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First dog to test positive for coronavirus in US dies

The first dog to test positive for the coronavirus in the United States has died after struggling with symptoms that may be familiar to many of the virus’s human sufferers, National Geographic magazine reported.

Buddy, the seven-year-old German shepherd became sick in April, around the same time his owner Robert Mahoney was recovering from COVID-19, according to the magazine this week.

Buddy seemed to have a stuffed nose and difficulty breathing, and his condition only worsened over the following weeks and months.

Mahoney and his wife Allison, who live in New York, eventually euthanized the dog on July 11 after Buddy began vomiting blood clots, urinating blood and was unable to walk.

But the family told National Geographic they had a hard time confirming their suspicion that Buddy was infected with SARS-CoV-2.

“Without a shadow of a doubt, I thought (Buddy) was positive,” Mahoney said, but many vets in their area were closed because of the pandemic.

A clinic was finally able to confirm that Buddy was positive, and found that the family’s 10-month-old puppy — who was never sick — had virus antibodies.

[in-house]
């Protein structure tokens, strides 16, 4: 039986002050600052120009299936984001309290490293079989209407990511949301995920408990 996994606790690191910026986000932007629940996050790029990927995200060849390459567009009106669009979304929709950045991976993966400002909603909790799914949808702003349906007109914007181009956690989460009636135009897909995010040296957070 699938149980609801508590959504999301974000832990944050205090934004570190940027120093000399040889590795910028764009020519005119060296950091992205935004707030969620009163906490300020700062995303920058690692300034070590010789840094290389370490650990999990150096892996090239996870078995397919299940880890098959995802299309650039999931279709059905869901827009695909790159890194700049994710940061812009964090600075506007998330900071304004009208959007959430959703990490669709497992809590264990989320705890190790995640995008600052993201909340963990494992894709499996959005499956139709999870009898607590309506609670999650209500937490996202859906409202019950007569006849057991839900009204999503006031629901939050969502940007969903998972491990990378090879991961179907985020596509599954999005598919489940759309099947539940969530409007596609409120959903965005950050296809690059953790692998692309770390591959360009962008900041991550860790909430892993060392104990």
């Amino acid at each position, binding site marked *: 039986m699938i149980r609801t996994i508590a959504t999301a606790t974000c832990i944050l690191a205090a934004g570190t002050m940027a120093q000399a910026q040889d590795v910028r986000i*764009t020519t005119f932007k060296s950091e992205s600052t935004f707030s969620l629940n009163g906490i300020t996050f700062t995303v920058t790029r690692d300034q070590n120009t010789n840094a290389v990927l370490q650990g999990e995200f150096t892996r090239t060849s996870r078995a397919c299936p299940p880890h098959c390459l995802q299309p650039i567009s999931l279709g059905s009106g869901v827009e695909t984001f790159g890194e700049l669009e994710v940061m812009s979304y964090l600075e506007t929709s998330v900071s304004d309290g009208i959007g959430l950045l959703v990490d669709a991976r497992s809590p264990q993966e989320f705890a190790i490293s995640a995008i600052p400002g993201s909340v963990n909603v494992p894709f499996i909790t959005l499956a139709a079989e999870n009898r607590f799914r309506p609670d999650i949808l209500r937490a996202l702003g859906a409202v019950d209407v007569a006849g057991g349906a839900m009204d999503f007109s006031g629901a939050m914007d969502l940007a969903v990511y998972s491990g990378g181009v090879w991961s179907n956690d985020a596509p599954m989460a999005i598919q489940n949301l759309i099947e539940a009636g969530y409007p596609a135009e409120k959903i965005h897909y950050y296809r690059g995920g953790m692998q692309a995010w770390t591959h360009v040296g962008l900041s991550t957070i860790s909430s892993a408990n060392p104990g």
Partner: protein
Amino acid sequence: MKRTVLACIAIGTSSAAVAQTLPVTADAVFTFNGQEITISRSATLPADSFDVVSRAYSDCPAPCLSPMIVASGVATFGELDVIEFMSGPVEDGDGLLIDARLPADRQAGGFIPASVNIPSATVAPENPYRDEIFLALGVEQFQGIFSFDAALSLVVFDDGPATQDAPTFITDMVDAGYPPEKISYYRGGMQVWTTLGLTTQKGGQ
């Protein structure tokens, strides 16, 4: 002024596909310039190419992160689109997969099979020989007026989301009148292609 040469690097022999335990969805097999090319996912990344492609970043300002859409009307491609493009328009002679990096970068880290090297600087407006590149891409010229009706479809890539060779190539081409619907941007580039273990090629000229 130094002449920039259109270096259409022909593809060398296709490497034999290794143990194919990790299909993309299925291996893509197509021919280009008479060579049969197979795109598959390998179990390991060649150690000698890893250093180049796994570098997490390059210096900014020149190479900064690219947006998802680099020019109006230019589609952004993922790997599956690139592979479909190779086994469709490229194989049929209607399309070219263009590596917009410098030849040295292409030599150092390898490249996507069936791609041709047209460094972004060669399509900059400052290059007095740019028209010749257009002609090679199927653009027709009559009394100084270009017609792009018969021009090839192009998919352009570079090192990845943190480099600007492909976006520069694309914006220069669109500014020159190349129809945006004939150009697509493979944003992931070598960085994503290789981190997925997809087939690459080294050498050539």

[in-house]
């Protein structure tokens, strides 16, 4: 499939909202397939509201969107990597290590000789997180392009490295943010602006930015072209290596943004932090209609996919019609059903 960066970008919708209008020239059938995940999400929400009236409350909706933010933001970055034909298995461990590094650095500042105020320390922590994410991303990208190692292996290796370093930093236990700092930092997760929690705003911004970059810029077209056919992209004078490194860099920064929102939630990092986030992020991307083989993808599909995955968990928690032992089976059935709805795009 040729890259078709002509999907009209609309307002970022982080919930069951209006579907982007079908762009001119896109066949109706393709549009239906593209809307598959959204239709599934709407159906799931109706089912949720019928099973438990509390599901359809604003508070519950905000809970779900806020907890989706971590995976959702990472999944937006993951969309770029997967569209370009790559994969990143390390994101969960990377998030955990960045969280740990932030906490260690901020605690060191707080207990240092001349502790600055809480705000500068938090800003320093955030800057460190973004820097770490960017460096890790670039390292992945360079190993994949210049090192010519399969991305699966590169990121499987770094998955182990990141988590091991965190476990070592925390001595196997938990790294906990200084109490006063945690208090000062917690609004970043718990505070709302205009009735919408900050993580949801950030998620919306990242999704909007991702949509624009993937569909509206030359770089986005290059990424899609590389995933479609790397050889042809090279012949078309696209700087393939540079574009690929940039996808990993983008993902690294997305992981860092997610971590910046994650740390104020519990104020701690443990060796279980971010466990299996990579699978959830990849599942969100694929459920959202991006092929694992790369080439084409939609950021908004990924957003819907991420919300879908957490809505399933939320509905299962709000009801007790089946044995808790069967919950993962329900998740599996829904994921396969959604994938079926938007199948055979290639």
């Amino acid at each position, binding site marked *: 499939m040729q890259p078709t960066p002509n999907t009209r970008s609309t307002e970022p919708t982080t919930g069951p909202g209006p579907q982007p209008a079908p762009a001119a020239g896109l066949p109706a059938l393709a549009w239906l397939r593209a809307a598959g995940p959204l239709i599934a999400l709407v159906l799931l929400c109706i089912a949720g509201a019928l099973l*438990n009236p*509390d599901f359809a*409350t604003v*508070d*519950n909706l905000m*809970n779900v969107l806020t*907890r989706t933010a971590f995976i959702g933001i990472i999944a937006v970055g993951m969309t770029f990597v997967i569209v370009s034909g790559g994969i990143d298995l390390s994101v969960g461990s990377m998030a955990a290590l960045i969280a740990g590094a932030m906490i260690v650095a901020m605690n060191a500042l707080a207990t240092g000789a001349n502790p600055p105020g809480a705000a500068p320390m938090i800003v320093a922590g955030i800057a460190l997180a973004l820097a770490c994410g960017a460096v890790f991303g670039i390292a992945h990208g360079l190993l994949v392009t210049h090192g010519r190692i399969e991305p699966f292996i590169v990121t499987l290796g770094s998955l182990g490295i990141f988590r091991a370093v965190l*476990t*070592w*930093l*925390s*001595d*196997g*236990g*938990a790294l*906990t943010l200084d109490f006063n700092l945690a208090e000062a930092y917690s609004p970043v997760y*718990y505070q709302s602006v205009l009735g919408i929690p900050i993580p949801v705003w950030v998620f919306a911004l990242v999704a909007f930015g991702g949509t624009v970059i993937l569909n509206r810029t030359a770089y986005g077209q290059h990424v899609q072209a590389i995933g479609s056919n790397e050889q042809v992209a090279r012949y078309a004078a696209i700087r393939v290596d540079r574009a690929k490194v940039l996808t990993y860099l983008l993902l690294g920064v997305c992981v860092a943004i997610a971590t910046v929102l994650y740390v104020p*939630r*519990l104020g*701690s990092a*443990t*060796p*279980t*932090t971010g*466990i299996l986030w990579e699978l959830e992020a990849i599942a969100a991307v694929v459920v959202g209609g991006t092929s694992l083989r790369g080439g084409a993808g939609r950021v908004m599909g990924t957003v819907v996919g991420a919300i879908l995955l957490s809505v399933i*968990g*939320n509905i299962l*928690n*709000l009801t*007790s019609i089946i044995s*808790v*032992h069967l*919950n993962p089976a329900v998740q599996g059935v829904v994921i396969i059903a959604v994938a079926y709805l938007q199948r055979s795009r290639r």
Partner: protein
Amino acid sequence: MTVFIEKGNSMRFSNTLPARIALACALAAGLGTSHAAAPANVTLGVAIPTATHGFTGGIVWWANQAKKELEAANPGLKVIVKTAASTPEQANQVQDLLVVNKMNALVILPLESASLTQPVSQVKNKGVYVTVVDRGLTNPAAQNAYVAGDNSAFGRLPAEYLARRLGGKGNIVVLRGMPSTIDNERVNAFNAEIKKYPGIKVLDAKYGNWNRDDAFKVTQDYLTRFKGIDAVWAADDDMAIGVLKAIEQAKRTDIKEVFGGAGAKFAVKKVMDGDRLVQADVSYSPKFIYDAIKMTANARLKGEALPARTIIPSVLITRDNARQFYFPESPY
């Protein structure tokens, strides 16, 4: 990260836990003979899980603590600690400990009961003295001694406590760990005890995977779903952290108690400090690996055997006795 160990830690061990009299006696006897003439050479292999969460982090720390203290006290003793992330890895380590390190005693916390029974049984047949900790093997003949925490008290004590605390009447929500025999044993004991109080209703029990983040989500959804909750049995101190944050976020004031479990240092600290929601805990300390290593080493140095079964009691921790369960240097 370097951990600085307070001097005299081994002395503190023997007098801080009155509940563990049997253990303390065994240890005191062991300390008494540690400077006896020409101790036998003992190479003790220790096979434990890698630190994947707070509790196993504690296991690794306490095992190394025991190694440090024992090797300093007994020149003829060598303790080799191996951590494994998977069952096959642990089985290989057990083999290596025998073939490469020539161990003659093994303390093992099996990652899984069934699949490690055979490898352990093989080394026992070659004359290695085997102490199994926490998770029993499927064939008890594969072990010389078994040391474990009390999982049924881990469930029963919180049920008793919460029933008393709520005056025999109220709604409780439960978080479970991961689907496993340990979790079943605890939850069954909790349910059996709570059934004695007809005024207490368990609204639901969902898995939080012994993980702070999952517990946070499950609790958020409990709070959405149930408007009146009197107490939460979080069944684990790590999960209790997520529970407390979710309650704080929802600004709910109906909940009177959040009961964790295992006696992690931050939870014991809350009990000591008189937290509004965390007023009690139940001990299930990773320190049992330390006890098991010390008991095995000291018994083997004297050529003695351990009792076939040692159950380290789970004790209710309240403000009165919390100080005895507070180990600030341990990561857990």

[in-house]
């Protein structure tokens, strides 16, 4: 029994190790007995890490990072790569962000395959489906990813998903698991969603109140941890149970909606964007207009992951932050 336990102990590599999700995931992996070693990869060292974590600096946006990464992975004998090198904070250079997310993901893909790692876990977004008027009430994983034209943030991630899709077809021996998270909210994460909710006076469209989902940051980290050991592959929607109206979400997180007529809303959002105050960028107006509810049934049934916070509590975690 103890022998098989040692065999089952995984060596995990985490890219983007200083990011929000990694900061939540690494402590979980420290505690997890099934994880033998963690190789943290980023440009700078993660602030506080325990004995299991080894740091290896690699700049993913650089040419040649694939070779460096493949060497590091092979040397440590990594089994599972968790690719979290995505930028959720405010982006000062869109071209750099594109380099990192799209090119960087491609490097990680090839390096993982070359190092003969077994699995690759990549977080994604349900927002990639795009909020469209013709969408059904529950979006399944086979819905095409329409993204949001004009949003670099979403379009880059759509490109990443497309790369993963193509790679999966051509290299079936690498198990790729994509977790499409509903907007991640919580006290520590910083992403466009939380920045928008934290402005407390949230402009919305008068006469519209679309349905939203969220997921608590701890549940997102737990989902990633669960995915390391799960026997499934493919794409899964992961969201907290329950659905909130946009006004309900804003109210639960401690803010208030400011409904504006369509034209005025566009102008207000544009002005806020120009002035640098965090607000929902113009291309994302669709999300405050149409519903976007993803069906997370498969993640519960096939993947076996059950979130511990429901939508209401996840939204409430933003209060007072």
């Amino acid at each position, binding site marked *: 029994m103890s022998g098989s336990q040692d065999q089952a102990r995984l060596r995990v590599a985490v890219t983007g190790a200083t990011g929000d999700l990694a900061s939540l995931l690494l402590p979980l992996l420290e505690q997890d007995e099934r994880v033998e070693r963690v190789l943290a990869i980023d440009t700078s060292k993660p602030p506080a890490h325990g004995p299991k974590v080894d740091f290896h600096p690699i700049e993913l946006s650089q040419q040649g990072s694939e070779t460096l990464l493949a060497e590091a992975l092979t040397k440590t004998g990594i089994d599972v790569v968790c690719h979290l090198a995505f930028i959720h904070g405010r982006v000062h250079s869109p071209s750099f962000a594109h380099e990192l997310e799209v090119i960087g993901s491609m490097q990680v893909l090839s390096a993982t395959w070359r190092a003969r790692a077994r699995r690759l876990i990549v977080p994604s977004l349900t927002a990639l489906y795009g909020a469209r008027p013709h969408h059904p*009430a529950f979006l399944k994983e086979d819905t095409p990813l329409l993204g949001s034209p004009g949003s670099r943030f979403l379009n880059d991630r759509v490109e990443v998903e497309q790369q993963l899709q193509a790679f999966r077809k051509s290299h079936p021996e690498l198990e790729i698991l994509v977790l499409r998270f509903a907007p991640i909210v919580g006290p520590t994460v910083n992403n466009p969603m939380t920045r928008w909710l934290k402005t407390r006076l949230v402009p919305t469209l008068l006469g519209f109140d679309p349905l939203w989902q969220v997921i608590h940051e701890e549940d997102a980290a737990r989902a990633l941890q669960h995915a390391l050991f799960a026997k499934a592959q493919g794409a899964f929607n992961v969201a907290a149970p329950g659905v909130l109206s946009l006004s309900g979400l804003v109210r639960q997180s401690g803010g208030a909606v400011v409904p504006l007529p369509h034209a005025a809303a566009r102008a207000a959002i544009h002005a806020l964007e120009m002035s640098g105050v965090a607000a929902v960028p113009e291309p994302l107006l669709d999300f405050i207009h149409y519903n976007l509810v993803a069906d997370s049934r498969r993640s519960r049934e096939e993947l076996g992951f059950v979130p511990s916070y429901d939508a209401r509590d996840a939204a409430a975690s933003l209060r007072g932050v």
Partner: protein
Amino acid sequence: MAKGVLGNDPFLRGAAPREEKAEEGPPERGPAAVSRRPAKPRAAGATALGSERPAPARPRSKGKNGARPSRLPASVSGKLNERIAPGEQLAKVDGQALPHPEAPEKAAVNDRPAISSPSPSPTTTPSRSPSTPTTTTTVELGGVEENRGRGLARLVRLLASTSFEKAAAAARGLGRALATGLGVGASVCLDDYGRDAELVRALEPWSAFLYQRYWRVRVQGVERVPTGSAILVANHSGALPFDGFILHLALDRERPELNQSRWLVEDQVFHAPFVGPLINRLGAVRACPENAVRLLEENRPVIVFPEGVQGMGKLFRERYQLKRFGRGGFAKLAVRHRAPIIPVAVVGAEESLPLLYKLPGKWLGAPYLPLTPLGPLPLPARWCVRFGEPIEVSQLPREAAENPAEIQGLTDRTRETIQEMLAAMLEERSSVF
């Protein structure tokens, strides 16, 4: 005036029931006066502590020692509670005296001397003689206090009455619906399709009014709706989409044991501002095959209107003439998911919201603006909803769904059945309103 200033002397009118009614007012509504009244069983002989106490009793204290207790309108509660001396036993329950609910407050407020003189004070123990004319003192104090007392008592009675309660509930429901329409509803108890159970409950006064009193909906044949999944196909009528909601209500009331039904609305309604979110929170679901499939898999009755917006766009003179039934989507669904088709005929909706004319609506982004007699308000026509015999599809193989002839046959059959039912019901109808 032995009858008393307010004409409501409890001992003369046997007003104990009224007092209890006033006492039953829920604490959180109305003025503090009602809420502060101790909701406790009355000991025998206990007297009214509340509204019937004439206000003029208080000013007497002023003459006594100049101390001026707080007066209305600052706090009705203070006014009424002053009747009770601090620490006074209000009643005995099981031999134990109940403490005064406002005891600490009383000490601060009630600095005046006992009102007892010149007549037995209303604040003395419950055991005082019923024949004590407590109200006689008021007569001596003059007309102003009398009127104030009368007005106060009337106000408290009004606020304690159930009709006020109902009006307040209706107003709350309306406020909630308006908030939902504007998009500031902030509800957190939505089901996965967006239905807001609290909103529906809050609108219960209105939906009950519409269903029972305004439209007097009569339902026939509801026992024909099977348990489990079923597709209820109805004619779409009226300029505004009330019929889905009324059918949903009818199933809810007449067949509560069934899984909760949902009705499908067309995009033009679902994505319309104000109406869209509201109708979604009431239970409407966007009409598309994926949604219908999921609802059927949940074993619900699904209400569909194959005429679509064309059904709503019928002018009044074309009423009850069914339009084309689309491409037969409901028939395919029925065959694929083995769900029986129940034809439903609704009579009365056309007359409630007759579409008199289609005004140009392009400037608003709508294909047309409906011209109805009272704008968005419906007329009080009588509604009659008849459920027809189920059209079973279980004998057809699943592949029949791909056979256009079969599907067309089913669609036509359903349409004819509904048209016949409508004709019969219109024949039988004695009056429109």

Buddy’s vets later discovered the dog was likely also suffering from lymphoma, raising the question of whether animals — like humans — with pre-existing conditions might also be more susceptible to serious illness from the new coronavirus.

Neither public health officials nor veterinarians could offer the family much information, they told National Geographic, because there was not enough data about the virus in animals, beyond the fact that infection appeared to be rare.

“We had zero knowledge or experience with the scientific basis of COVID in dogs,” Robert Cohen, the vet who tested Buddy, told the magazine.

And it seemed to them that neither city nor federal health authorities were very interested in learning from Buddy’s case. By the time they decided to do a necropsy, Buddy had already been cremated.

The official word from the World Health Organization is that pets likely do not often transmit the virus to their owners.

But Shelley Rankin, a veterinarian at the University of Pennsylvania, said more study is necessary.

“If we’re telling the world that prevalence (of animal cases) is low, then we have to look at high numbers” of animals, she said.

Twelve dogs and 10 cats have tested positive for coronavirus in the US, according to National Geographic.

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